A Requiem for Dead Flies by Peter N. Dudar. Book review

A REQUIEM FOR DEAD FLIES by Peter N. Dudar, Nightscape Press, p/b, $14.99; ebook, $2.99, http://www.nightscapepress.com/

Reviewed by David Brzeski

The best horror stories are based upon the fear of the unknown. They don’t have clearly defined monsters, with clearly defined strengths and weaknesses.

There is evil at Battle View Farm. It started for Lester and Gordon MacAuley when they were sent to stay there one summer, while their parents recovered from the trauma of a miscarriage. Grandma Vivian is acting oddly and she’s getting worse. She talks to dead flies and they tell her things.

The story of the two young boys’ terrifying experiences, as their grandmother spirals into madness is alternated with the events of fifteen years later when they return to the farm to follow Gordon’s ambition to start a business, brewing Bourbon.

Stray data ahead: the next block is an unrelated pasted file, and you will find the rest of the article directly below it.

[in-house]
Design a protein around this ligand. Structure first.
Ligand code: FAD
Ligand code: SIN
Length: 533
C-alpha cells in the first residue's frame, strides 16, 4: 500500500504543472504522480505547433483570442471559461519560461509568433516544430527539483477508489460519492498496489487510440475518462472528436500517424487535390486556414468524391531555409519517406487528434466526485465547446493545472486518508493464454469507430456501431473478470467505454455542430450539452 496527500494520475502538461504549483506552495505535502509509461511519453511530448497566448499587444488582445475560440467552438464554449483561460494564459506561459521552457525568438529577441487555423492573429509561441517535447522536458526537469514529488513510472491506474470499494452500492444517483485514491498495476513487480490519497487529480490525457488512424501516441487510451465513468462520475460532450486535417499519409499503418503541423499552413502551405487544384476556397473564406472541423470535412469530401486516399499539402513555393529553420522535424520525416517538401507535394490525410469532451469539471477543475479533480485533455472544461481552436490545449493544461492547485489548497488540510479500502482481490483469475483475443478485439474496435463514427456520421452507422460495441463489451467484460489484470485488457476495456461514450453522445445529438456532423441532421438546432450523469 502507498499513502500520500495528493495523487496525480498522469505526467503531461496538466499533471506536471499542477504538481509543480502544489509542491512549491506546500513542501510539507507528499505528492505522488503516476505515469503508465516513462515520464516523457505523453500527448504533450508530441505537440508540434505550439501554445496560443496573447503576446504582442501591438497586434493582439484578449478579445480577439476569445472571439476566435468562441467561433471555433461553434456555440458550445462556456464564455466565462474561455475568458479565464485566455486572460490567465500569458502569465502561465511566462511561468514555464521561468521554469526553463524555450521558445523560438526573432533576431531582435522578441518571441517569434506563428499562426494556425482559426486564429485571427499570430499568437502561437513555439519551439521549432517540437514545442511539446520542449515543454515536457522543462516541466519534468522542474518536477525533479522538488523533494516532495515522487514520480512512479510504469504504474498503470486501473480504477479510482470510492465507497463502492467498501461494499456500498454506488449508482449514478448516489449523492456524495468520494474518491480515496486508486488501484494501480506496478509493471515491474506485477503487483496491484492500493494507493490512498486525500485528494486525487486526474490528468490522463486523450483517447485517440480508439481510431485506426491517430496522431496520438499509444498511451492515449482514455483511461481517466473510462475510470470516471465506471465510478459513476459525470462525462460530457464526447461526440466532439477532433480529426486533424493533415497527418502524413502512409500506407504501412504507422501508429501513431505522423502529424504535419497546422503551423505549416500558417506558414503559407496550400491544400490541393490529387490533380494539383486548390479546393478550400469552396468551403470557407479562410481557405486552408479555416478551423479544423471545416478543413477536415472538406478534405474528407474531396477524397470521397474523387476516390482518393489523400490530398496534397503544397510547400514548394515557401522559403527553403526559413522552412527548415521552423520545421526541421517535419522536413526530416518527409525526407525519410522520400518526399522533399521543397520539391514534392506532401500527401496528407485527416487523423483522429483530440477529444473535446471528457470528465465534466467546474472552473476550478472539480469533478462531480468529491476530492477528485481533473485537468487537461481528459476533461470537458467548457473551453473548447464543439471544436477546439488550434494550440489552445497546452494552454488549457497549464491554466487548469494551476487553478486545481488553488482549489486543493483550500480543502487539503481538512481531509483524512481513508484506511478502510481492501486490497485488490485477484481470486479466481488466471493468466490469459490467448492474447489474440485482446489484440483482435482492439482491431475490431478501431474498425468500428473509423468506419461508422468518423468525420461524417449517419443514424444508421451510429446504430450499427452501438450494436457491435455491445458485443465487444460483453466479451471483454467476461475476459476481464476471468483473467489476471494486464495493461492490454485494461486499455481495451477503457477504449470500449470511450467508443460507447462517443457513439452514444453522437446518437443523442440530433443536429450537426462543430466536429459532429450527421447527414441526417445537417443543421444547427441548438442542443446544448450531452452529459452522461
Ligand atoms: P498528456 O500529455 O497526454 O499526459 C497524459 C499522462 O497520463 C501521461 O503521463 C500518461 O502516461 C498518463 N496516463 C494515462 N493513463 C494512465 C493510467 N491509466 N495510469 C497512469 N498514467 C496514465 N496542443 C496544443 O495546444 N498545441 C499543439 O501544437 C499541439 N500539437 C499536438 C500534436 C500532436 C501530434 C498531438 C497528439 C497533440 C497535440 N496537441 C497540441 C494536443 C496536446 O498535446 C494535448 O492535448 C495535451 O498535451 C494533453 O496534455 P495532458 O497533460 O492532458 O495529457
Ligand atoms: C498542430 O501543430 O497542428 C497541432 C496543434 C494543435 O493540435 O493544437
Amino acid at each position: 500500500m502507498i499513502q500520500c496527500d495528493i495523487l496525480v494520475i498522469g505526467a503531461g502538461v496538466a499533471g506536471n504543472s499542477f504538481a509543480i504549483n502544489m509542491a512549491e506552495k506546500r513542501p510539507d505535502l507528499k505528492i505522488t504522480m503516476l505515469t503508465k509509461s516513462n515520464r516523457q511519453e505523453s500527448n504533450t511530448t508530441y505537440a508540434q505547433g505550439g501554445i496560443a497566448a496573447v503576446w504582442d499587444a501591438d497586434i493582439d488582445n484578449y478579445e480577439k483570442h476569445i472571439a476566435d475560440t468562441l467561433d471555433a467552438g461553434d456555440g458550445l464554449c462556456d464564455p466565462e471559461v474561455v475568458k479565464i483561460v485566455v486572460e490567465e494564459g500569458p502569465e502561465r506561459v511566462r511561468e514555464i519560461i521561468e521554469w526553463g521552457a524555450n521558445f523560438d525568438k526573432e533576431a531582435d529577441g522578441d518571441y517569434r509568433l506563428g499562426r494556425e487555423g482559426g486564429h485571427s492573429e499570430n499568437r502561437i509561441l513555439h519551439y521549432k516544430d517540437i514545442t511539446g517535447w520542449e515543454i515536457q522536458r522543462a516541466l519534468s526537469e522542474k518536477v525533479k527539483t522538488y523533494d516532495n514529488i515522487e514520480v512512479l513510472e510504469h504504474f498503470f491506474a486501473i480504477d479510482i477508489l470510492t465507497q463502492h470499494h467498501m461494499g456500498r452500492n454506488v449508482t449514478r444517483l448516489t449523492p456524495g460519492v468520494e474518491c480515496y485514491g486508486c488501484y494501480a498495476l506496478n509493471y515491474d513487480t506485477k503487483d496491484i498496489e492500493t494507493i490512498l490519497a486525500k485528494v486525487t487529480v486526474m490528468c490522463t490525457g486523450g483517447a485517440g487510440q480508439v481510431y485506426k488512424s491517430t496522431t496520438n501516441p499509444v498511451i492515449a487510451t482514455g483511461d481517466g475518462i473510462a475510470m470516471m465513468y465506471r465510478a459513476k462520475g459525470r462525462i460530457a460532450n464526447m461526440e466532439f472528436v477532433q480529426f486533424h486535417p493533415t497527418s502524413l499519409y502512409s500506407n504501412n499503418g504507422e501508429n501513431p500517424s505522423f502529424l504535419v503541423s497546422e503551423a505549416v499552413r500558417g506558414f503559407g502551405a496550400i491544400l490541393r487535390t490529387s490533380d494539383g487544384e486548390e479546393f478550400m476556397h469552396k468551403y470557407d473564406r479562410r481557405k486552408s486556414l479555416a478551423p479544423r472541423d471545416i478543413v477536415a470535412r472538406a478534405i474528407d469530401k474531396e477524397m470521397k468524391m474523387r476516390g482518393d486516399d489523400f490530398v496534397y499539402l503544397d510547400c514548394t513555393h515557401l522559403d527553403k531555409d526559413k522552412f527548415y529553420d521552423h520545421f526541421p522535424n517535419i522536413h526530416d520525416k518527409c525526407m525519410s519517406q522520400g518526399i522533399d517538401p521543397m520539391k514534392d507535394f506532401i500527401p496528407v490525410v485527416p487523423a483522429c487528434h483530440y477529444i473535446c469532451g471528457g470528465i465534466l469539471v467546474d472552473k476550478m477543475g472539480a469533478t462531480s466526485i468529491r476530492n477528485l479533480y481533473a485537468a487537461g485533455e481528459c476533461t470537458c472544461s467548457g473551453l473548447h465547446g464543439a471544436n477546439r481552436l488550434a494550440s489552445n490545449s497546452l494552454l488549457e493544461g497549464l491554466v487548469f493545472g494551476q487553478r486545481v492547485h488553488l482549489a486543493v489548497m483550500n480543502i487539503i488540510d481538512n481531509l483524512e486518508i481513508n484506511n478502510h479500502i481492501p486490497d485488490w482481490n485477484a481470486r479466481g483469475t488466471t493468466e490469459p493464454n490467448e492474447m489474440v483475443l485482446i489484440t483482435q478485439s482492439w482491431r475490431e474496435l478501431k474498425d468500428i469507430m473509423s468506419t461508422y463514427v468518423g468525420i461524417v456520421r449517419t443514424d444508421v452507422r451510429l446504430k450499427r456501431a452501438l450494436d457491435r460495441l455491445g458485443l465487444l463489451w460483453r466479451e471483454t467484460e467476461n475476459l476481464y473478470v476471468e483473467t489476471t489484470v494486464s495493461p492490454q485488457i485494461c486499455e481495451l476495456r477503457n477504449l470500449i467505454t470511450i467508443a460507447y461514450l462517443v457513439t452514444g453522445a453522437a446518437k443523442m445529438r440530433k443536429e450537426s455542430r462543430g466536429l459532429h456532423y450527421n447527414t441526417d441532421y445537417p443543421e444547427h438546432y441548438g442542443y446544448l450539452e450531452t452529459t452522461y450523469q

Things start well, but there are hints that something is awry and gradually the madness starts again.

Peter N. Dudar alternates between these two separate events, gradually revealing more of what happened in a truly masterful manner, which keeps the reader gripped in suspense, while formulating theories of their own that may, but probably won’t be borne out.

This may be his first novel, but Peter N. Dudar has been writing and publishing horror fiction for some ten years and it certainly shows in this excellent book.